The 12d Model Intermediate Civil Design training will equip you with the powerful techniques to create Super Alignments as Control Strings.

Intermediate Civil Design

This is a two-day in-depth training course in the creation of Super Alignments as Control Strings (Road Centrelines).  Super Alignments can be created using Intersection Points (I.P.s) or Parametric Elements.  Usually referred to as ‘SA’s, the Super Alignments are intelligent objects that can reference each other so that when one changes, the other follows.

The course explores the concepts of Parametric Design, where elements are either Fixed, Floating, or Free, before moving on to defining ‘Computators’, which link the SAs together, and Chains which allow linked SAs to be updated in one operation.

Prerequisites: ‘Basic Civil Design’ or good working knowledge in IP-based SA design. By booking a course, you affirm that you meet the requirements for 12d Model training coursesCheck on upcoming courses at bottom of page.

At the end of the course participants will have an understanding of the ideas behind Parametric Design, and will have learned the techniques for creating and edited Super Alignments both using I.P.s and using Fixed and Floating elements (Parametric Design).

Participants will gain an understanding of the ideas behind parametric design elements, and develop a good working knowledge of the use of these elements in the design of control strings.  They will be familiar with the techniques for ‘Computating’ Super Alignments where one SA strings references another for it’s position.

Course Summary

DAY 1

The course starts with an exercise in road design using parametric elements, running through methods of creating straights and arcs without I.P.s.  Various types of geometry are calculated, including compound curves, back to back curves (with no tangent), and traditional curve – straight – curve design.  We look at different ways to defining curves – through two points and tangential to a straight, through two points and a radius, and as a fillet.  Once the exercise is complete we discuss the three different types of parametric element, and how they can be used together.  To reinforce the techniques described, we go on to use the parametric elements to complete the horizontal design for part of a land development project.  When horizontal design is complete we create the vertical design, using I.P. methods for some alignments and Parametric Elements for others.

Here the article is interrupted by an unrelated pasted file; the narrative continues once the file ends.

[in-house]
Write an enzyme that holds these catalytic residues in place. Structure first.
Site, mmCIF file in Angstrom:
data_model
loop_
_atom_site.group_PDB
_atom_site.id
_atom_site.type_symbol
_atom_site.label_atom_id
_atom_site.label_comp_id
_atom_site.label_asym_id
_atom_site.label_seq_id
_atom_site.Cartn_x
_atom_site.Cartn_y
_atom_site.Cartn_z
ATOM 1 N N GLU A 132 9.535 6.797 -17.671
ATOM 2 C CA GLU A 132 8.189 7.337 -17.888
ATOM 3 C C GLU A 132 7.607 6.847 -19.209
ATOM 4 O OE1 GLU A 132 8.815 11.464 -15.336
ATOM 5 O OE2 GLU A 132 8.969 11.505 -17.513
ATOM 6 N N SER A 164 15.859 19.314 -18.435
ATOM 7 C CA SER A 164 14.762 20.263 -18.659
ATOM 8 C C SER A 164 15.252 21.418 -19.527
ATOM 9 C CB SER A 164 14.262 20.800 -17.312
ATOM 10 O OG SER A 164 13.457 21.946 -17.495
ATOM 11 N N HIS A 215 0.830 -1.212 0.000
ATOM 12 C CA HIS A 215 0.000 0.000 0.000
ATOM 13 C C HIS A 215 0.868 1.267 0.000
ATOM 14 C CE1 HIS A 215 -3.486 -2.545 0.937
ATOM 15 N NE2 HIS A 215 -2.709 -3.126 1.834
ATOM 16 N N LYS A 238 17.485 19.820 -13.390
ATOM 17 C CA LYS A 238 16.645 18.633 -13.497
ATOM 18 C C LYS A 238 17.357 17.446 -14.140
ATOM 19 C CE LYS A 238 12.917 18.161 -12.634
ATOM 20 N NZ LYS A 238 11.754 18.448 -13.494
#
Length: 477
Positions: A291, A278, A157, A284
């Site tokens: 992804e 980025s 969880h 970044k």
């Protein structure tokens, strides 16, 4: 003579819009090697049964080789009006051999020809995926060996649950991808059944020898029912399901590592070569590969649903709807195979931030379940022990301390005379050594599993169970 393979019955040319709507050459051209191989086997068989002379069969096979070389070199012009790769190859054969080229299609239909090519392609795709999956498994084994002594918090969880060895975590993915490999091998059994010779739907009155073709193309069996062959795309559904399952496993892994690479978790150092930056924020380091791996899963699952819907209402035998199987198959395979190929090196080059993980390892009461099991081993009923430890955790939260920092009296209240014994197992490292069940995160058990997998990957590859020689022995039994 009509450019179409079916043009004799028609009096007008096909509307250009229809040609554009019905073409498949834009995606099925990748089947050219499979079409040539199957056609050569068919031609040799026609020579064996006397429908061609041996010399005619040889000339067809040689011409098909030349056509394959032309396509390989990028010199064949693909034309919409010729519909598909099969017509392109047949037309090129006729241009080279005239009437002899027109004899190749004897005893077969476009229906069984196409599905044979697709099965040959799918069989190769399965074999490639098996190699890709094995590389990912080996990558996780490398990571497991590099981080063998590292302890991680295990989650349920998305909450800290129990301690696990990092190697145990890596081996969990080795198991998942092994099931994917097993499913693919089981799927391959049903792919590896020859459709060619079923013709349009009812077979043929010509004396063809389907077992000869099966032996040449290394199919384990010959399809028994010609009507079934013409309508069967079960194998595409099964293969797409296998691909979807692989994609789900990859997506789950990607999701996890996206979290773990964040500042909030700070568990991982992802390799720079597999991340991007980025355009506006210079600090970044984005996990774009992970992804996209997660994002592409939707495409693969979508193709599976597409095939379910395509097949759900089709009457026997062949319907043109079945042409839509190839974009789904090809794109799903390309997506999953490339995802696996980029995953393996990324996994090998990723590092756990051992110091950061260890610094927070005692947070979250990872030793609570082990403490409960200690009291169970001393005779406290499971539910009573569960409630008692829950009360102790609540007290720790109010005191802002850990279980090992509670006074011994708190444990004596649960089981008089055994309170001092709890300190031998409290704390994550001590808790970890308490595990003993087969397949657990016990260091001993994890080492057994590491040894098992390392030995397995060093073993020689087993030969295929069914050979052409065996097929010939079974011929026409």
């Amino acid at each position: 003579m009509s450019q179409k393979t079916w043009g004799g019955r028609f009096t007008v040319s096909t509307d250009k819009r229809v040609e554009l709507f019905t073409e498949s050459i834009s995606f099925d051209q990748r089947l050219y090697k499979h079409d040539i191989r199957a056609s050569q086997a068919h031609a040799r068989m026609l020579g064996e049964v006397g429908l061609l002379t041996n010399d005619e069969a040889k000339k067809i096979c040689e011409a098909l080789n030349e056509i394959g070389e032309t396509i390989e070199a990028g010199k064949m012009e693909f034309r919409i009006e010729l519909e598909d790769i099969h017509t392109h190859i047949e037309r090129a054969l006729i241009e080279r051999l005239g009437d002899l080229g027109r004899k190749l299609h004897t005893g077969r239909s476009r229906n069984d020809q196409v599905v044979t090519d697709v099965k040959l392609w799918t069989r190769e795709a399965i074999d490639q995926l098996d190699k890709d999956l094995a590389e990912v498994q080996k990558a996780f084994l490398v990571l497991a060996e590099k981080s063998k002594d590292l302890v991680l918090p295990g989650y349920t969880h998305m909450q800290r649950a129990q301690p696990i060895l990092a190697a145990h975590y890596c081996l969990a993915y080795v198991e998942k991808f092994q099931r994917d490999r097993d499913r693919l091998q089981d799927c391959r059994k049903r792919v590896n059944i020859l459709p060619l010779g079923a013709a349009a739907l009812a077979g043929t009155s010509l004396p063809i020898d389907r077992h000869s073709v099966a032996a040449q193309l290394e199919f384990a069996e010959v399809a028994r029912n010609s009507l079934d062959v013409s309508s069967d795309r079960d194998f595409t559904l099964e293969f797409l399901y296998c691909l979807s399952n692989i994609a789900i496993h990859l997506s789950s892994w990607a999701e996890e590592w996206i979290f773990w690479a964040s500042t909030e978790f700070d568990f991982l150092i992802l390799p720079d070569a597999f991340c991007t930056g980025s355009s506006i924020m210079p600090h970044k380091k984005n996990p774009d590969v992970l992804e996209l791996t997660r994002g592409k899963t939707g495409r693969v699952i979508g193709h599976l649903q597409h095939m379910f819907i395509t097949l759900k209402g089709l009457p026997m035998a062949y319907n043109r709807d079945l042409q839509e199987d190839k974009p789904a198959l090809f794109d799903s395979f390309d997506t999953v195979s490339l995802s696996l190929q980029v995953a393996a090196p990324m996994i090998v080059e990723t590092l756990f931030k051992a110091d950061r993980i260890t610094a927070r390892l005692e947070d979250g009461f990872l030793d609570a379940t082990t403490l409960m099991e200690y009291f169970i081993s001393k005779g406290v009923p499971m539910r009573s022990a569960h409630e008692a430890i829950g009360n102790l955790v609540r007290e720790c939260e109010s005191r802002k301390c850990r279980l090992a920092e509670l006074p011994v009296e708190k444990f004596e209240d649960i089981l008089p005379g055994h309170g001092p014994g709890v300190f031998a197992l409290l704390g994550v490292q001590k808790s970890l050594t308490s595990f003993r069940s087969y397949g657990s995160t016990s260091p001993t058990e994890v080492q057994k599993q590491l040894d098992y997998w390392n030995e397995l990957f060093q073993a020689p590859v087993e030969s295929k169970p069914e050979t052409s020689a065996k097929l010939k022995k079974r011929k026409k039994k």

Super Alignments can be assigned a ‘style’ to display chainages, symbols at TPs and the like.  We investigate the Alignment Style Editor, and use it to define a new alignment style for the road centrelines.

Parametric Design lends it’s self to complex intersection design, and we explore the available techniques by laying out and grading kerb returns and intersection widening.

DAY 2

The day starts by reviewing the techniques covered in Day 1, then goes on to use parametric elements for the vertical design for a land development.  The implications of a change to the grading of the main road are discussed, then the vertical design is redone using ‘Computators’ where the vertical elements interrelate.

The use of Computators in horizontal design is explored by designing a roundabout.  All elements in the roundabout are computated, so that it’s location can be adjusted, or have it’s size changed, and all geometry will be correct.

Once participants have a gained a good step by step knowledge of the process for computator design, we use the automated tools in 12d Model to create and grade kerb returns, then use an Intersection Component to generate the geometry for a major intersection.  Both the kerb return and the Intersection Component are manually edited and their method of construction using computators is investigated.

Throughout the course you will be given exercises to practice the skills that you have learnt, and reinforce the design techniques.